This year’s Holy Land Co-ordination (HLC2018), the annual meeting of European, North American and South African Bishops, which, since the 1990s, has been undertaking an annual visit to the various Christian communities present in the Holy Land, is to begin in Jerusalem.
A common thread running throughout the visit is this year’s theme of education, with a series of meetings and visits of an educational nature in order to understand the importance education of young people has in the realisation of a future of peace in the region. The bishops will meet initially with some young people in a Jewish school Mor Jewish High School in Makabim-Reut, before meeting a group of law students at the Jewish University of Jerusalem, who are studying multiculturalism and deal with legal cases regarding people against whom there has been discrimination.
Subsequently, they will also meet the Parents Circle – Families Forum, a body which brings together more than 600 Israeli and Palestinian families who have lost a relation due to the prolonged conflict and who today, through various initiatives, support peace, reconciliation and tolerance.
In Beit Jala, Fr Iyad Twal will give a presentation on the activity of the Latin Patriarchate of Jerusalem in promoting an education which aims at being an instrument of peace and justice, and this will be followed by a series of visits to Christian schools administered directly by the Latin Patriarchate.
In Emmaus-Qubeibeh, the bishops will visit a home for the elderly and will meet some young volunteers working there. Br Peter Bray, Vice-Rector of the University of Bethlehem, will present the Qubeibeh Nursing Programme (QNP): a programme which offers prospects and work opportunities for young people in a largely rural area, with high levels of unemployment and many social and political problems.
This year the HLC2018 has decided to celebrate Sunday Mass on 14 January with the small Christian community in Gaza, followed by a visit to the House of Peace run by the Missionaries of Charity; a brief meeting with young Christians and a comforting visit to the sick in the community.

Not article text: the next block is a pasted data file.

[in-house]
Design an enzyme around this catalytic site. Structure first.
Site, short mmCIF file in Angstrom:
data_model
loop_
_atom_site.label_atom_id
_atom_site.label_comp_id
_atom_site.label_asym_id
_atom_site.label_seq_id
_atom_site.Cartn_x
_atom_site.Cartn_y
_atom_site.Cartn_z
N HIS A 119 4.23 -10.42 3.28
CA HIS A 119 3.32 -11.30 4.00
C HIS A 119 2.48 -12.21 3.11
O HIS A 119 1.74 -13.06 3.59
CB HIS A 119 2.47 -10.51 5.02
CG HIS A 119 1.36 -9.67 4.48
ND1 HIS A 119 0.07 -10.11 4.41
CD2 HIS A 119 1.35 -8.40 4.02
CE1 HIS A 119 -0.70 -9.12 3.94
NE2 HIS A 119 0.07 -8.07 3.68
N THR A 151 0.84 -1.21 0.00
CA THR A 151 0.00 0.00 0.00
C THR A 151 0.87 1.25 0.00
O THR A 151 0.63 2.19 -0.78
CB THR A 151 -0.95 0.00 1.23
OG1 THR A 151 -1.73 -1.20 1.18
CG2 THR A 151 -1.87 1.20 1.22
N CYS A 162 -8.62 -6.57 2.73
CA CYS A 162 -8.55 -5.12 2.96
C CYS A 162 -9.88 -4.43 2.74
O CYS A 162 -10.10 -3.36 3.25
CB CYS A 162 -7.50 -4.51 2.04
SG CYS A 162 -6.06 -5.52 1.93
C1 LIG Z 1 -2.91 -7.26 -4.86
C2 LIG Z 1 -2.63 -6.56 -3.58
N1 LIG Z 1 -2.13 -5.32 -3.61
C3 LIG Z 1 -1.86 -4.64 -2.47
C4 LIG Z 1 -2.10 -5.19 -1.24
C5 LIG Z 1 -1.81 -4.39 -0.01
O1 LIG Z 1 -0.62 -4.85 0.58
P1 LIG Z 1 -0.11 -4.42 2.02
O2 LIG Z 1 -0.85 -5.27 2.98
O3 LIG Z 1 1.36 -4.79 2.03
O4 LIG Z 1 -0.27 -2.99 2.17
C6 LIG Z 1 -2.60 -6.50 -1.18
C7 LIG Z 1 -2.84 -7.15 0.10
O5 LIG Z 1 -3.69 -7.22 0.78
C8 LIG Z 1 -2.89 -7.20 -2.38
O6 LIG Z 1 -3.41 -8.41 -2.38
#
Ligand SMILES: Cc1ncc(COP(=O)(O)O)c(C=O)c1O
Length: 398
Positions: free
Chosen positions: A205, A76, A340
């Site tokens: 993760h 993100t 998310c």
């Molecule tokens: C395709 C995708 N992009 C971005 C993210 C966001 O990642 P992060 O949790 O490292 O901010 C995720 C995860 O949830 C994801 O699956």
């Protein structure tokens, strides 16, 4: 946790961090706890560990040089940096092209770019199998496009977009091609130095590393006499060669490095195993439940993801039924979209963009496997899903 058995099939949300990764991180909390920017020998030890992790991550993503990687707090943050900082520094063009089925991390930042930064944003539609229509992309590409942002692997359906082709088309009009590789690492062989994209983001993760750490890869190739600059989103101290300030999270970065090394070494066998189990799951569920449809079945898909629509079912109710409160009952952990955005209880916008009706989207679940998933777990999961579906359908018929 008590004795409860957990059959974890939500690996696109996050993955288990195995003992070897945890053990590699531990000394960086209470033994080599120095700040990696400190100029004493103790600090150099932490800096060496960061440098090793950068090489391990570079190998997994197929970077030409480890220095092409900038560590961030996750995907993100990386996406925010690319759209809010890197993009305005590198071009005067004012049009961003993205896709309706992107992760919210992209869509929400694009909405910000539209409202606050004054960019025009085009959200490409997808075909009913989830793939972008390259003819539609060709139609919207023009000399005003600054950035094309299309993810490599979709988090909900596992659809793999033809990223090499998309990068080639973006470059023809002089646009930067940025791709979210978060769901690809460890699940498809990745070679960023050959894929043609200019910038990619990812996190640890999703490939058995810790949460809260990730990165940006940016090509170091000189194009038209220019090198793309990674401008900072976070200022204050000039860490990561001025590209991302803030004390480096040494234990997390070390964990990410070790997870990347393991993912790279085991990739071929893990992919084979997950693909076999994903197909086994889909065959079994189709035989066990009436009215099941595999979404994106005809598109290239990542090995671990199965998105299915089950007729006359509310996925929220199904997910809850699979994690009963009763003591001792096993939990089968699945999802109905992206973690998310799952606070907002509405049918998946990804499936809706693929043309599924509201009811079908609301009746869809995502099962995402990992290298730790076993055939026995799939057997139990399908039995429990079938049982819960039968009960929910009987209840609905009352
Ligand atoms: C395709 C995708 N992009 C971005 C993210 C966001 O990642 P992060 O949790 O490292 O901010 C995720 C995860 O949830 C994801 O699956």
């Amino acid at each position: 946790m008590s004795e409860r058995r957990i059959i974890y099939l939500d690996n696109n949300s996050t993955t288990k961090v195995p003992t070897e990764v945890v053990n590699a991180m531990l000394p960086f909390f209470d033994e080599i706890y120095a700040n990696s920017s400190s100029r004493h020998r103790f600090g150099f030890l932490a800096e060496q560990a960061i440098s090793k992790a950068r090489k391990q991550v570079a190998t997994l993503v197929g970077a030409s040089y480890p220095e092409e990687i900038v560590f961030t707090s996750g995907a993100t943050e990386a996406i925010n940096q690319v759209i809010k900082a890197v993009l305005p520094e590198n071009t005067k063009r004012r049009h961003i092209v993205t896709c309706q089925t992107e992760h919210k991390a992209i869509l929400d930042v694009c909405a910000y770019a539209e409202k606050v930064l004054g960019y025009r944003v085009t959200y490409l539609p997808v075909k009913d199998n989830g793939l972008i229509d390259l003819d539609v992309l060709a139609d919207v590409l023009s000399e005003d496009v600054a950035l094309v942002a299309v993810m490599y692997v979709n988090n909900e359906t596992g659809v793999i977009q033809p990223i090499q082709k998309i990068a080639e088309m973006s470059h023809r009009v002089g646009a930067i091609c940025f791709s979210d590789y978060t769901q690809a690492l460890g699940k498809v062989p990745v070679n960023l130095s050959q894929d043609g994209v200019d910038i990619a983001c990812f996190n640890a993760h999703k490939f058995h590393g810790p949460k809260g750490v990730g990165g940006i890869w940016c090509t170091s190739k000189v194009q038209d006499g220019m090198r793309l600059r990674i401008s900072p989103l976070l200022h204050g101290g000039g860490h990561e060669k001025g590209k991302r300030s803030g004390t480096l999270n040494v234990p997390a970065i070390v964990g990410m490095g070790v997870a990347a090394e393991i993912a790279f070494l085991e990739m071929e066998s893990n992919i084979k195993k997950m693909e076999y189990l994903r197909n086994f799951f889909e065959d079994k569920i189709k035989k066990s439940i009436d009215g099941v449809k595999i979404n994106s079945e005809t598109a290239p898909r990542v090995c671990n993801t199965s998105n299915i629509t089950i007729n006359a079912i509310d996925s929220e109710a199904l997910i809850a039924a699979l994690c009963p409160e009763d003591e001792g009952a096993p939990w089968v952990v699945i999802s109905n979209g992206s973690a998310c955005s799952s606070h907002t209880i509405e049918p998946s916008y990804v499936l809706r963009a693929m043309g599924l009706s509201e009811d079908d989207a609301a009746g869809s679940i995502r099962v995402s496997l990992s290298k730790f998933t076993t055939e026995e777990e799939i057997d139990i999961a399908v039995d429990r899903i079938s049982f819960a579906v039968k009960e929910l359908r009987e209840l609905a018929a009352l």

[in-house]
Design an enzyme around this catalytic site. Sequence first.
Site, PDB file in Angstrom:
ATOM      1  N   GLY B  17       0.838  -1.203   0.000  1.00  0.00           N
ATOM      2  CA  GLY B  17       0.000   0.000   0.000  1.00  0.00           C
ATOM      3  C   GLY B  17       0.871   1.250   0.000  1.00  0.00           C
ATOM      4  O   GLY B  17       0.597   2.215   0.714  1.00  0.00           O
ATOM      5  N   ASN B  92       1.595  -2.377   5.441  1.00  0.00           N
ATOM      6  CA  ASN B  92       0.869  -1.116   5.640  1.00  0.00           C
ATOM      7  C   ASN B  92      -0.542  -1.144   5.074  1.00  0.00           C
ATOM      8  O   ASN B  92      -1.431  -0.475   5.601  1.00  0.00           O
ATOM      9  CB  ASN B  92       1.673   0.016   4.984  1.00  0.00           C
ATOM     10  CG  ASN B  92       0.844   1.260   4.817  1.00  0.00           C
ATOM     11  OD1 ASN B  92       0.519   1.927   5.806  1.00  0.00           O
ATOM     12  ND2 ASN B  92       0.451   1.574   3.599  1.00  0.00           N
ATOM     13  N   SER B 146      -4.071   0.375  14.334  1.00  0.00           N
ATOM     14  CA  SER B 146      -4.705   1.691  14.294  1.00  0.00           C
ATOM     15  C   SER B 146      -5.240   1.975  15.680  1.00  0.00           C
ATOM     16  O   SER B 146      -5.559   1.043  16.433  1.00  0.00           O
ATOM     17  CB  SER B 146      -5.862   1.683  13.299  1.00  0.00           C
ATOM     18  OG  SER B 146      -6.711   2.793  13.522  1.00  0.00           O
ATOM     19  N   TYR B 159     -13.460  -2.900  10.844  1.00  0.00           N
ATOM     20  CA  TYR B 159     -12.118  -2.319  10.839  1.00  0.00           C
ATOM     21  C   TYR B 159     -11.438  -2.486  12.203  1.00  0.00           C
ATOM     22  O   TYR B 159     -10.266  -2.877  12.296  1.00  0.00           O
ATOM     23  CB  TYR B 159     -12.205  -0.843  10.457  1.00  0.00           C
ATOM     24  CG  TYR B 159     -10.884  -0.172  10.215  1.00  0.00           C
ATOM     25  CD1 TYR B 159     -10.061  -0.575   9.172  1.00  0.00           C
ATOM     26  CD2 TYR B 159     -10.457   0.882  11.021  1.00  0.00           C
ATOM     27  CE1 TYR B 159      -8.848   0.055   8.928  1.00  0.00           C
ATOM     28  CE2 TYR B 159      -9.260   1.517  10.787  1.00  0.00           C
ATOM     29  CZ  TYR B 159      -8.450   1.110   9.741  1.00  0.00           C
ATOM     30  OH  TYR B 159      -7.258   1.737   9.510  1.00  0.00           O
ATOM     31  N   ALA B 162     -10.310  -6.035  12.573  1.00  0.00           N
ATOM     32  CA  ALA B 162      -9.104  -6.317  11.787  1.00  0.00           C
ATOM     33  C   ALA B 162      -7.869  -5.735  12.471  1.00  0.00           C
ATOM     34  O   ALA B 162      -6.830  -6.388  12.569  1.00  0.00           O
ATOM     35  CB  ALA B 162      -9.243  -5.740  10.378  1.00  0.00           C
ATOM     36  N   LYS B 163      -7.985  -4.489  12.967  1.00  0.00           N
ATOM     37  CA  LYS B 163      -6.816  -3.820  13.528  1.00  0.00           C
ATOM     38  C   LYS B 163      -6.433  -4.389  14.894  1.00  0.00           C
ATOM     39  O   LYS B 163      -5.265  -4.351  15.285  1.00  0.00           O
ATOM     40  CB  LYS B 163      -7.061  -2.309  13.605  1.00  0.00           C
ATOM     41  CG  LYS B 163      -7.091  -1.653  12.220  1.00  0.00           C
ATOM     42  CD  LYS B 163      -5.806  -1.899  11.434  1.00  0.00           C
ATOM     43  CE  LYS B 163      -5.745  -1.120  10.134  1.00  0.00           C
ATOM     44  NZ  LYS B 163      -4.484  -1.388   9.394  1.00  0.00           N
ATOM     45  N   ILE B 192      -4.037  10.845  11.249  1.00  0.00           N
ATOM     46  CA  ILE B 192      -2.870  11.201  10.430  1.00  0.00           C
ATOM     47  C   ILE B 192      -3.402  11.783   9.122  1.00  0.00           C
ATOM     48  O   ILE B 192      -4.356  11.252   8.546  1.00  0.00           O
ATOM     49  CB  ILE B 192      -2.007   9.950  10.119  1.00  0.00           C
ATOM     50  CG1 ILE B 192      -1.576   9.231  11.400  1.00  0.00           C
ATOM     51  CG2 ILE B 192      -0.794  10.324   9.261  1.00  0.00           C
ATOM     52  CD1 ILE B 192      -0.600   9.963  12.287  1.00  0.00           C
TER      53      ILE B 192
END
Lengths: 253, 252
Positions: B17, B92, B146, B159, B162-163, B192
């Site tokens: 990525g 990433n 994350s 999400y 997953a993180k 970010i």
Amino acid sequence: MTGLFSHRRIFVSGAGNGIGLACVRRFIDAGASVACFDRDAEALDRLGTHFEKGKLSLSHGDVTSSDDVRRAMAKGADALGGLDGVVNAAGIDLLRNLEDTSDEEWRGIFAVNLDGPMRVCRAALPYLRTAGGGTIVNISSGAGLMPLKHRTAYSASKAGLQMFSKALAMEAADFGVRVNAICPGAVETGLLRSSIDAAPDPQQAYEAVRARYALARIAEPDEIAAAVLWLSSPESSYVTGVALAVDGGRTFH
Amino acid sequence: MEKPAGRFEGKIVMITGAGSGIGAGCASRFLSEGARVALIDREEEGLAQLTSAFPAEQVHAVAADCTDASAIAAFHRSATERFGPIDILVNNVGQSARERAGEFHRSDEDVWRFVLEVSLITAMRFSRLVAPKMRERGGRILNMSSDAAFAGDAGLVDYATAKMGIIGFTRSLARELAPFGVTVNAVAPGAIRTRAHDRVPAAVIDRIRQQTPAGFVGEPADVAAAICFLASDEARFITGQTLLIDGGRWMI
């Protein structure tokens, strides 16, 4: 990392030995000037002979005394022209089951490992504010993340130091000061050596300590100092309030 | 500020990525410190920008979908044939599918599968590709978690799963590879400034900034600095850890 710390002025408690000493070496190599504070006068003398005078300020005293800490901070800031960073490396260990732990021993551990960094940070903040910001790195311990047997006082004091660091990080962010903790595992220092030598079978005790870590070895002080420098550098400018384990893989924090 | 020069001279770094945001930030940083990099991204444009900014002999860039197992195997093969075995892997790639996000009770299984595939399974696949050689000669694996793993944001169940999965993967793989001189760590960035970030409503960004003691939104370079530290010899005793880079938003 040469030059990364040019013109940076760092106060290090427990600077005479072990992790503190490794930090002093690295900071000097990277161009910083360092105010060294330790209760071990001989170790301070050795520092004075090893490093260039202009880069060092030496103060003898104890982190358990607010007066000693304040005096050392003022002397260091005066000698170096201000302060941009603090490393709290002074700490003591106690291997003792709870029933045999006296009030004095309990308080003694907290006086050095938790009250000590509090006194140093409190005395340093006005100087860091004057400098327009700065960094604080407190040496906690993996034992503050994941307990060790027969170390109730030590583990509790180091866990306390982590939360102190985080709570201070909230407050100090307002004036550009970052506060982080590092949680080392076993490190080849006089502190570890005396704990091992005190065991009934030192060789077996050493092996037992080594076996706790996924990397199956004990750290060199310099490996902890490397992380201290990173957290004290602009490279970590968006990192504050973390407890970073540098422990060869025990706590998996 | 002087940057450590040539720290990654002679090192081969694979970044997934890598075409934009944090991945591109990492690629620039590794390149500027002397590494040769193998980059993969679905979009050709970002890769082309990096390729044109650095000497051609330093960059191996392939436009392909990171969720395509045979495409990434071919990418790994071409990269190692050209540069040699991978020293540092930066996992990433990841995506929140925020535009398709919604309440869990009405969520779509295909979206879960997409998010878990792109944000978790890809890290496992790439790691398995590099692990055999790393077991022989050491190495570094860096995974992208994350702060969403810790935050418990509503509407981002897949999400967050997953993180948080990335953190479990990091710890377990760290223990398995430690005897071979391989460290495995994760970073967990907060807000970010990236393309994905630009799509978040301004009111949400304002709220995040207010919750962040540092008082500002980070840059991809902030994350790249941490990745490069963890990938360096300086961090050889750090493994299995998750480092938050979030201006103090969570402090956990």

Accompanying the European bishops and representing the Council of European Episcopal Conferences will be Mgr Duarte da Cunha, CCEE General Secretary.
The meeting is organised by the Bishops’ Conference of England and Wales with the support of CCEE.
The following bishops will take part in the Holy Land Co-ordination:
His Lordship Mgr Declan Lang (Clifton, England and Wales – Co-ordinator)
His Lordship Mgr Lionel Gendron (Saint-Jean Longueuil, Canada)
His Lordship Mgr Udo Bentz (Mainz, Germany)
His Grace Mgr Riccardo Fontana (Arezzo-Cortona-Sansepolcro, Italy)
His Lordship Mgr Donal McKeown (Derry, Ireland)
His Lordship Mgr Pierre Bürcher (Iceland)
His Lordship Mgr José Ornela Carvalho (Setubal, Portugal)
His Lordship Mgr William Kenney (Birmingham, England and Wales)
His Lordship Mgr Nicholas Hudson (Westminster, England and Wales)
The Right Reverend Christopher Chessun (Church of England, United Kingdom)
His Lordship Mgr William Nolan (Galloway, Scotland)
His Grace Mgr Joan-Enric Vives Sicilia (Urgell, Spain)
His Grace Mgr Stephen Brislin (Cape Town, South Africa)
His Lordship Mgr Dr. Felix Gmür (Basel, Switzerland)
His Lordship Mgr Oscar Cantu (La Cruces, USA)
For further information about the meeting and interviews, please contact
Alexander.email@example.com/ 0044 (0)7983 704 097
THE HOLY LAND COORDINATION – Additional information
The Holy Land Co-ordination, comprising bishops coming from the whole of Europe, North America and South Africa, was established at the end of the 20th century at the invitation of the Holy See with the aim of visiting and supporting the Holy Land’s local Christian communities.
The Co-ordination’s raison d’être can be expressed through the “3 Ps”: Prayer, Pilgrimage, Pressure.
Prayer is the framework within which the annual meeting takes place, with the daily celebration of the Eucharist, often in different Rites and with the local Catholic communities.
Pilgrimage is one of the most interesting and informative aspects of the annual gathering. The bishops go individually or in groups to visit the Catholic communities, meeting their members and at times local political figures, too. In difficult times, the visiting bishops have often listened to requests for a greater presence of pilgrims, and there has been a concerted and successful effort on the part of the Bishops’ Conferences to encourage pilgrimages.
Pressure, or a softer version perhaps termed “Persuasion”, refers to the work to be undertaken after the annual meeting, when the bishops return home and speak to their own Governments, Members of Parliament, Israeli and Palestinian Ambassadors and to the media about a vast range of questions which concern the lives of Christians. In line with the approach adopted by the Holy See elsewhere, the bishops do not seek privileges for Christians, but dignity and justice for them and for others who live in similar conflict situations. Perhaps there should be a fourth P: Presence. The bishops are present every year, and by their presence they hope, above everything else, to remind the “living stones” of the Christian communities in the Holy Land that they are not forgotten by their brothers and sisters in other parts of the world.
Other information (Photos and videos) will be available here.